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Exotic Tick Species Identified on Hunterdon County Farm

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posted on Apr, 21 2018 @ 11:09 AM
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Last summer, a farmer walked into the Hunterdon County health office covered in thousands of the ticks after she was shearing a 12-year-old Icelandic sheep named Hannah. Experts were called in to identify the tick which was not previously known to exist in the United States.

The Department of Agriculture says it still does not know how the tick made its way to New Jersey.
The Asian tick responsible for a disease, called Theileriosis in cattle, which results in severe anemia and possibly death. This tick is also responsible for spotted fever rickettsioses. Having the potential to spread other bacterial and viral diseases to humans and other animals is now a great concern for New Jersey.

The The longhorn or Asian Tick
According to the State Of New Jersey, Department of Agriculture,
www.nj.gov...

New Jersey Secretary of Agriculture Douglas H. Fisher today announced the United States Department of Agriculture’s National Veterinary Services Laboratory (NVSL) in Ames, Iowa has confirmed the finding of an exotic East Asian tick, also known as the longhorned tick or bush tick, on a farm in Hunterdon County on November 9. Initial identification was made by the Monmouth County Tick-borne Diseases Lab, located at Rutgers University and the Hunterdon County Division of Health. This tick is not known to be present in the U.S., although there are records of at least a dozen previous collections of this species in the country on animals and materials presented for entry at U.S. ports. "
Additionally," "Ongoing surveillance continued during the winter and on April 17, 2018, the National Veterinary Services Laboratory confirmed the Longhorned tick successfully overwintered in New Jersey and has possibly become established in the state."
Authorities are asking people to contact the state veterinarian at 609-671-6400 if they see any unusual ticks on their livestock.

Unusual ticks detected in wildlife should be reported to the New Jersey Division of Fish and Wildlife, Bureau of Wildlife Management at 609-984-6295 or the Office of Fish and Wildlife Health and Forensics at 908-637-4173, ext. 120.

Any questions about tick-borne illness in humans should be directed to local health departments or the New Jersey Department of Health at 609-826-5964.


To read more on this outbreak go to

www.nj.com...
edit on V242018Saturdayam30America/ChicagoSat, 21 Apr 2018 11:24:50 -05001 by Violater1 because: removed caps in title

edit on Sat Apr 21 2018 by DontTreadOnMe because: ex tags added IMPORTANT: Using Content From Other Websites on ATS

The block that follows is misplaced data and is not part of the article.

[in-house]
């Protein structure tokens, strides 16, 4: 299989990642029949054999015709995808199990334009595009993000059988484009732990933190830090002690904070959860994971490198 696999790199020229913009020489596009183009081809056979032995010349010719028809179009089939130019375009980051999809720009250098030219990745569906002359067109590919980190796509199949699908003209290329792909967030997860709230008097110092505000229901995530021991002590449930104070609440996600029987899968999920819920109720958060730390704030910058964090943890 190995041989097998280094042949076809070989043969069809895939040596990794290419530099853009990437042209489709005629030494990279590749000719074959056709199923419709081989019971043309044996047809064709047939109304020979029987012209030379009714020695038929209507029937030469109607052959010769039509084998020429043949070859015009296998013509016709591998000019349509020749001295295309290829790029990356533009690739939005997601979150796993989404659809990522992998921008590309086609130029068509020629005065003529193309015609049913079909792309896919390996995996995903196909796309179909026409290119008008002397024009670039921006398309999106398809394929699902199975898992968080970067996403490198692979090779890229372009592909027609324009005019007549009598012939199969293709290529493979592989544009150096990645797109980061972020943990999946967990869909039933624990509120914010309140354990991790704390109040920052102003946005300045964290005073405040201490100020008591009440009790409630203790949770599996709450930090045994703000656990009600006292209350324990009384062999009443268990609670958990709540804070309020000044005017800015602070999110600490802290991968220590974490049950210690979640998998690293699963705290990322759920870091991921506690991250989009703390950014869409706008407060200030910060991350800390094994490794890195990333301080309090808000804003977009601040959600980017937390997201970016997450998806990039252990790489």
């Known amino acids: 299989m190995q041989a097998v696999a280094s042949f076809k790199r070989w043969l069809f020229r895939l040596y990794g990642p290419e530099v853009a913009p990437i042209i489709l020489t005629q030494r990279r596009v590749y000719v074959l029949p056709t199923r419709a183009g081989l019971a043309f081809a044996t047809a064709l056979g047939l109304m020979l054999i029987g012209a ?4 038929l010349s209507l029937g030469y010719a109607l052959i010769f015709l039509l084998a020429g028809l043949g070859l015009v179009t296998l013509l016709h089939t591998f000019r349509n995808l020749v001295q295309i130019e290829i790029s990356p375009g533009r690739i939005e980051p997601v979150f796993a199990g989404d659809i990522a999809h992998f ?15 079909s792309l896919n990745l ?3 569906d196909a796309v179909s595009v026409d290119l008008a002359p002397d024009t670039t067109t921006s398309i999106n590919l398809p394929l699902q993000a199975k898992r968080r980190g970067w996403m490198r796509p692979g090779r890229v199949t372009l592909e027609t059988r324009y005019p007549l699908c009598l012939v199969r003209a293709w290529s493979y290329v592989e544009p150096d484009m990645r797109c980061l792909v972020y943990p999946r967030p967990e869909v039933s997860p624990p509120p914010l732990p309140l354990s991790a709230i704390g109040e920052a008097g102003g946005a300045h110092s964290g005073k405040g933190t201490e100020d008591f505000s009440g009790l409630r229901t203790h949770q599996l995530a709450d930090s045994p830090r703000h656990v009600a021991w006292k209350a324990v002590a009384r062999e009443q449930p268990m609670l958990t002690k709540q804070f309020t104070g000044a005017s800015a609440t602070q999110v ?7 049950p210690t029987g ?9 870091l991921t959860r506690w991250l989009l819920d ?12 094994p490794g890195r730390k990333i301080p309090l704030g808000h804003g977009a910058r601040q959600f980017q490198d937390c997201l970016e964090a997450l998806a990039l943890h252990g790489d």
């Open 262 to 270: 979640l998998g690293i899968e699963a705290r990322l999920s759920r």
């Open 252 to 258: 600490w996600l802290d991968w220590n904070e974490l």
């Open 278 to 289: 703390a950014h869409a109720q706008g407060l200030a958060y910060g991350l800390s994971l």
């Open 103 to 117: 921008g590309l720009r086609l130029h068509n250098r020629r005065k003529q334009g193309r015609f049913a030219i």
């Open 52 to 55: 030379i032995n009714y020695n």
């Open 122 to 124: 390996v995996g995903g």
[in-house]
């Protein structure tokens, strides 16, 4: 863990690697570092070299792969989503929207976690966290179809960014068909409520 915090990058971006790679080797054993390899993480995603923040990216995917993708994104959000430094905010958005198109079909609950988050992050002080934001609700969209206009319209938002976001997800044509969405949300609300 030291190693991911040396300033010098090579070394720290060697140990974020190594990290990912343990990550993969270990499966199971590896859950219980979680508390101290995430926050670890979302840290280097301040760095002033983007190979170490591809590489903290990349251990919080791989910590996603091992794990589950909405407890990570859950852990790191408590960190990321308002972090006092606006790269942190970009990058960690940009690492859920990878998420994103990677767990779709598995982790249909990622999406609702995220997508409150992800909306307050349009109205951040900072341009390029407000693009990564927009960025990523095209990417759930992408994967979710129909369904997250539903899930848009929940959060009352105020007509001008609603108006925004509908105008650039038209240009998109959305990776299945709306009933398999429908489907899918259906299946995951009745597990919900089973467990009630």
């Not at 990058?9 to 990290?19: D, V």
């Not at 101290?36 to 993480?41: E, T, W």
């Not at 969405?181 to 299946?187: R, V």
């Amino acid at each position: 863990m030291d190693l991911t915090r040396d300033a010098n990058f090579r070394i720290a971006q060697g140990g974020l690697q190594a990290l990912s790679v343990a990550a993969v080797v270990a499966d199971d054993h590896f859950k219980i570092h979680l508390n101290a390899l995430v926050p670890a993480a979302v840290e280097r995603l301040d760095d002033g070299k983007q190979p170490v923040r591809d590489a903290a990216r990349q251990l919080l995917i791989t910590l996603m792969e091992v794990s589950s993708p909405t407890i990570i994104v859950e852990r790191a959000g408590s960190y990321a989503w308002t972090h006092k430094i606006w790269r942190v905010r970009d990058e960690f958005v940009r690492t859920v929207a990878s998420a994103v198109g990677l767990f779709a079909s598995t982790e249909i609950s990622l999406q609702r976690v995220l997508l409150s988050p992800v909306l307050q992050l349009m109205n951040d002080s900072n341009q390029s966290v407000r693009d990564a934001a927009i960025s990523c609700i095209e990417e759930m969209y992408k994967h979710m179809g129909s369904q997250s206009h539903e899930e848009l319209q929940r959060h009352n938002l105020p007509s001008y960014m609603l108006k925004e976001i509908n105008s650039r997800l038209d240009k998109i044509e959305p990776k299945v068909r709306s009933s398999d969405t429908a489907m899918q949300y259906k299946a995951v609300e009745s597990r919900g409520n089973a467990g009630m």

posted on Apr, 21 2018 @ 11:15 AM
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Globalisation



posted on Apr, 21 2018 @ 11:19 AM
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a reply to: Violater1

Looks familiar to me.

I am in tx..

Let us just hope there no unseen attributes that come with the tick.



posted on Apr, 21 2018 @ 11:20 AM
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a reply to: DerBeobachter

I like Rednecks solution on this problem.
He raises chickens, and his property is practically bug free.
A former team mate of mine lives in Ruidoso NM, and raises chickens.
He exclaims the same solution. Even though he has herds of Elk and Deer on his property, no ticks!



posted on Apr, 21 2018 @ 11:36 AM
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a reply to: Violater1


As a metal detectorist, I'm concerned. Always tuck the pants into my boots and a nice coat of insect repellent spray. I'm in New Jersey by the way.



posted on Apr, 21 2018 @ 11:45 AM
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originally posted by: Trueman
a reply to: Violater1


As a metal detectorist, I'm concerned. Always tuck the pants into my boots and a nice coat of insect repellent spray. I'm in New Jersey by the way.


Just check yourself when you get home. Even though you tuck your pants in them little snips can still work their way in. When I was stationed in SC, I went fishing on Fort Jackson way back in the woods and got back to the barracks and had 3 of em on me. All on my rear end thus I was on my own getting em off. Ended up going to the hospital on base and had to drop my drawers in front of female specialist. She got the two I didn't manage to kill using a match(I used the match technique not sure what she used) and dug what was left of the one I burnt.
edit on 21-4-2018 by seeker1963 because: (no reason given)



posted on Apr, 21 2018 @ 11:52 AM
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Yikes..i just pried a very small tick off a spot below my elbow,i don't know how long it's been on me. Hope i don't get tick fever,i had it once many years ago and it makes one feel hellish sick for quite a few days.Looked like the American dog tick.Very small little black one.



posted on Apr, 21 2018 @ 12:04 PM
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Last year i seen in real life while walking through the woods a tic jump around 2' onto my shirt. Previously i was unaware they could jump over a couple inches.





I agree with having chickens to cut down on the tics and such.